Why Did Ted Cruz Drop Out? The Texas Senator Suspended His Campaign After Indiana
On Tuesday night, Texas Sen. Ted Cruz announced he was suspending his campaign after losing in Indiana to Republican frontrunner Donald Trump. Why did Ted Cruz suspend his campaign? Cruz has had a hard time making strides in his campaign since his last win in Wisconsin on April 5, which he said was a "turning point" in his campaign. And now, just a month later, the Cruz campaign is calling it quits, and it looks like Donald Trump will secure the Republican nomination.
Cruz was adamant about the importance of winning Indiana, making campaign stops in the state ahead of the primary, joining forces with Ohio Gov. John Kasich, and announcing Carly Fiorina as his potential running mate. But was this all too late? After losing seven states in a row, Cruz is officially dropping out of the race because "voters chose another path." During his announcement, he said, "We left it all on the field in Indiana. ... And so with a heavy heart but with boundless optimism for the long term future of our nation, we are suspending our campaign."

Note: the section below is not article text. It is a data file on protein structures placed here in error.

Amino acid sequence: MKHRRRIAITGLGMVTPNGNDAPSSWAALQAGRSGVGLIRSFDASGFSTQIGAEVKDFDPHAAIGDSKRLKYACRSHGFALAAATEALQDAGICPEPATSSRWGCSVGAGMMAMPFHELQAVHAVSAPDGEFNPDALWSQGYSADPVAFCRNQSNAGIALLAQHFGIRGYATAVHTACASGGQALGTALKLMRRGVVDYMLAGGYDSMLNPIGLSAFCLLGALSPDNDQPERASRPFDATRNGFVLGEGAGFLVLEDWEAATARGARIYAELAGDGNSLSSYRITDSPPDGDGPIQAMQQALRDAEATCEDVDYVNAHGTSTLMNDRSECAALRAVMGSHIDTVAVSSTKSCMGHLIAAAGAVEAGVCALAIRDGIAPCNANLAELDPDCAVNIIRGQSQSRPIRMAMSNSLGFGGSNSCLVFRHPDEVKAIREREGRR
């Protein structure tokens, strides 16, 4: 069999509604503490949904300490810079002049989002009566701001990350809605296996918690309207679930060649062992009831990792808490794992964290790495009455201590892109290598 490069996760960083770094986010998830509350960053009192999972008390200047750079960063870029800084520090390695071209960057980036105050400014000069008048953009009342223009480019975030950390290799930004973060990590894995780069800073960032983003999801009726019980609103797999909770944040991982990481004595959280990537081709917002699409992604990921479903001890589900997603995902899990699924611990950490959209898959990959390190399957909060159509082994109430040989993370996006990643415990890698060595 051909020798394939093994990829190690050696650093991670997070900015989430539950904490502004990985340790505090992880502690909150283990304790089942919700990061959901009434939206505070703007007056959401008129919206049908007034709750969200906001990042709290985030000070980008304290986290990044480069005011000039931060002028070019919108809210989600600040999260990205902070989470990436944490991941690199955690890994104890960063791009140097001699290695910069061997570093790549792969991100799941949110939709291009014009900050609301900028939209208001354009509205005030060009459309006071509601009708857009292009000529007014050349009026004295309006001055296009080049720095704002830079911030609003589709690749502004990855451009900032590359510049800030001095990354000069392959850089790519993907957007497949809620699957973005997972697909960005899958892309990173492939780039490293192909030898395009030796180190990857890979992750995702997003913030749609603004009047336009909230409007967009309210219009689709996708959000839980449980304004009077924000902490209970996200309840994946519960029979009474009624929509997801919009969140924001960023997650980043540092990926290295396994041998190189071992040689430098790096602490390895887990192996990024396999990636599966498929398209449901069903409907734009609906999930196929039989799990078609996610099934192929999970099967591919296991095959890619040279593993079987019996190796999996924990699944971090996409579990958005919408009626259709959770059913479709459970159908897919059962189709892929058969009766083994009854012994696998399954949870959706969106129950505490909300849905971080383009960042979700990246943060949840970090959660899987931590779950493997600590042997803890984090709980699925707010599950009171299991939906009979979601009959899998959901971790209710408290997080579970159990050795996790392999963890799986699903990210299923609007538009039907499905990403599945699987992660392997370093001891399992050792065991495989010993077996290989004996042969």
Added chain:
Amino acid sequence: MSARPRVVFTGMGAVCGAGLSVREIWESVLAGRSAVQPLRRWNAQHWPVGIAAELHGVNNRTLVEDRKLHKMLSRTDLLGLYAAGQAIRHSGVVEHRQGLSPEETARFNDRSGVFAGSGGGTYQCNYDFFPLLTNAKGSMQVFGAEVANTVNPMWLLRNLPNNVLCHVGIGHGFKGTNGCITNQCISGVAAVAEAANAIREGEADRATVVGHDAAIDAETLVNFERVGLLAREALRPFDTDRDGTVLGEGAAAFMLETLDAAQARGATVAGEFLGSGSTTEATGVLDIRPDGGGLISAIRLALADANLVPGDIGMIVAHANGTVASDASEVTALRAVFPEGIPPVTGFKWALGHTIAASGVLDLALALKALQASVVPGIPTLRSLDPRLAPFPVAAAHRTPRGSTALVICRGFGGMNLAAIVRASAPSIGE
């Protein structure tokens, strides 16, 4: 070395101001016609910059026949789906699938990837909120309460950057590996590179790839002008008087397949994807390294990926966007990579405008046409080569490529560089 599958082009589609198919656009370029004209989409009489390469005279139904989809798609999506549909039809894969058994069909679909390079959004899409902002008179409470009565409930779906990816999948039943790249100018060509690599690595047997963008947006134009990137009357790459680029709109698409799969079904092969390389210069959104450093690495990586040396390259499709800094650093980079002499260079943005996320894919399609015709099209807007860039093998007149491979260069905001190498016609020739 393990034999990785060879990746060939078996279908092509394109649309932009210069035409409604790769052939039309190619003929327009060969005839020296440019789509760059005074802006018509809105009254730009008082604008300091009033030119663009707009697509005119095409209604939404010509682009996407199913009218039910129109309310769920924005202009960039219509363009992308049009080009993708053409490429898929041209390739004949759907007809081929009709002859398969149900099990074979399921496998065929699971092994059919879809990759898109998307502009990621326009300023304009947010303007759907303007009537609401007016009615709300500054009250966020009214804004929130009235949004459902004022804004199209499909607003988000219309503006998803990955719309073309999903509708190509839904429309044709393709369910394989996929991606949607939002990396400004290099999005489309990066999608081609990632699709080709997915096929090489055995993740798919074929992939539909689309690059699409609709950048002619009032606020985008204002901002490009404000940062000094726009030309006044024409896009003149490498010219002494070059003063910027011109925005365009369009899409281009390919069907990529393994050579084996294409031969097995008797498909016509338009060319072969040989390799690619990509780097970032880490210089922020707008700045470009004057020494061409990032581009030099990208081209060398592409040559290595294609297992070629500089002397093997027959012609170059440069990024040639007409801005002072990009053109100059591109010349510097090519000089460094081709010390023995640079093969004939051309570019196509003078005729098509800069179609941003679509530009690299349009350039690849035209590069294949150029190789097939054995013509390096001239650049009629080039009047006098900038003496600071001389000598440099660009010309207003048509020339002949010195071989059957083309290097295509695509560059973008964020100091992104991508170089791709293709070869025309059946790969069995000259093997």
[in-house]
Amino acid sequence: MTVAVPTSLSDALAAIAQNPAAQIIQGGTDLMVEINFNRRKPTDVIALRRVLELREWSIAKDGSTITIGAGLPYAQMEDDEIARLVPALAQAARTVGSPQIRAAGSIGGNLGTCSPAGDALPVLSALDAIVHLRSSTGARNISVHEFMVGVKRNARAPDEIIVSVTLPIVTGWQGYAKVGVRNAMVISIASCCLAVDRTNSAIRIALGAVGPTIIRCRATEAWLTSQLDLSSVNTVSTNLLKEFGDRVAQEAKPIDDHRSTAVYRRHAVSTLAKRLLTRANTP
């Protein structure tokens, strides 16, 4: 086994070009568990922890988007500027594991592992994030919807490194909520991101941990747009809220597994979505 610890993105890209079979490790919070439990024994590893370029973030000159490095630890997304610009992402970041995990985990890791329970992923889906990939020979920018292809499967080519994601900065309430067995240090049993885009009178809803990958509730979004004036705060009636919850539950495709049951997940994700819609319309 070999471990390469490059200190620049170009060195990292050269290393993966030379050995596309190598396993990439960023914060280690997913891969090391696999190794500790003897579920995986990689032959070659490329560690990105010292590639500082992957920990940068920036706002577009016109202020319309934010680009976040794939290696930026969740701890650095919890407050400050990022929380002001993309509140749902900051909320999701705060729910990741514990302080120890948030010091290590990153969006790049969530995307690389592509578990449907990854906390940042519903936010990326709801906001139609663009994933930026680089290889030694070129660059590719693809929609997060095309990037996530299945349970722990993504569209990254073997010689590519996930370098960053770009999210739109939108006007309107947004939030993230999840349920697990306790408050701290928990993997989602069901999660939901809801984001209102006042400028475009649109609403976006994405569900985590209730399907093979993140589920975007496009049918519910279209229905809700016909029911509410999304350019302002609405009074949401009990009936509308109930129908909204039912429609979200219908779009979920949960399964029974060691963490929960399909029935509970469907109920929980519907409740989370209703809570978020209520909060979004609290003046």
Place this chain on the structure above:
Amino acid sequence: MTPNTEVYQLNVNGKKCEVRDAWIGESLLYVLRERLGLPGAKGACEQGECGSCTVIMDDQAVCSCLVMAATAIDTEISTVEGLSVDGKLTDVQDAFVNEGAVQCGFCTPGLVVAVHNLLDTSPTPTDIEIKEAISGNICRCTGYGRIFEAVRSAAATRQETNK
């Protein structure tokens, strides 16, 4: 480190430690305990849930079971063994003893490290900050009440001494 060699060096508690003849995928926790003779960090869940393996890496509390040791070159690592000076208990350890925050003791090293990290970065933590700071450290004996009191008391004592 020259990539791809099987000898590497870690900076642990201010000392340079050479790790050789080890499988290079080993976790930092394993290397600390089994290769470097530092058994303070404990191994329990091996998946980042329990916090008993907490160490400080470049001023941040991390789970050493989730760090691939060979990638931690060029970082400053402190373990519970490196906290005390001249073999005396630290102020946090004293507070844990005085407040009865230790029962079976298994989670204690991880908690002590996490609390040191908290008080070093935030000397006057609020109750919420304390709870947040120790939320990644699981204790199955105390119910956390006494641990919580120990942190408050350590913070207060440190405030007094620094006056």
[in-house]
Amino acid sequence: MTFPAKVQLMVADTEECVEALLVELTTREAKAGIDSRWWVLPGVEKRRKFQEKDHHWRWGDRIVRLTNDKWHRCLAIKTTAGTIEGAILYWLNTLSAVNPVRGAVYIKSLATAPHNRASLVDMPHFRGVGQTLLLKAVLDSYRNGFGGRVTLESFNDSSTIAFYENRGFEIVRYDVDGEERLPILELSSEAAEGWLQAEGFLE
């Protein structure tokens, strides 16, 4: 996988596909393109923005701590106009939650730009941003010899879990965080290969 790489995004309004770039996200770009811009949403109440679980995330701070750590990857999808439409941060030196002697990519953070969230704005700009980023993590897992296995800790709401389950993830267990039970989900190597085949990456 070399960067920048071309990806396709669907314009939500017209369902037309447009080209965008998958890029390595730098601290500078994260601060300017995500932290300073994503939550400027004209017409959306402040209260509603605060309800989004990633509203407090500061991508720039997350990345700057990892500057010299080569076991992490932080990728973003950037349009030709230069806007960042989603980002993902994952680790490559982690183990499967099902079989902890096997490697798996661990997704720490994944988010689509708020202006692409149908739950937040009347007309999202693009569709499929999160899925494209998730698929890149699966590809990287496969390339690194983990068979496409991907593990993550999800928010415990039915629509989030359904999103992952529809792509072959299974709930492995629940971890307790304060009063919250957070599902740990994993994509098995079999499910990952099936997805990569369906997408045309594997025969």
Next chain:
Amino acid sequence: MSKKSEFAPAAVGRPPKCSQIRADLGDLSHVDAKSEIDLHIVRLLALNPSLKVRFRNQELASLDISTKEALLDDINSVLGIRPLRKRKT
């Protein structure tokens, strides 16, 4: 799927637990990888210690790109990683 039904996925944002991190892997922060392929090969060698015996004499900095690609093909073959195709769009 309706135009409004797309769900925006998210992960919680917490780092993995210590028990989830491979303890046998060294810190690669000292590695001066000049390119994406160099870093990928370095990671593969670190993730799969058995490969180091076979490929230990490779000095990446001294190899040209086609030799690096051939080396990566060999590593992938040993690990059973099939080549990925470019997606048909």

Ahead of his victory in the state, Republican frontrunner Donald Trump tweeted, "Lyin' Ted Cruz consistently said that he will, and must, win Indiana. If he doesn't he should drop out of the race-stop wasting time & money." Looks like Cruz finally took Trump's advice.
With Cruz out of the way, Donald Trump's path to victory is looking a lot more clear. With his win in Indiana, Trump has won 45 of the state's 57 delegates (at the time of writing), and holds a total of 1,041 delegates. Republican candidates need 1,237 delegates to secure the nomination in order to avoid a contested convention, and with nine remaining primaries ahead, Trump is right on track for the win. However, even with Ted Cruz dropping out, it looks like John Kasich still isn't going anywhere. According to his senior strategist, John Weaver, "Tonight's results are not going to alter Gov. Kasich's campaign plans."
One thing is for sure: We are now one step closer to the general election.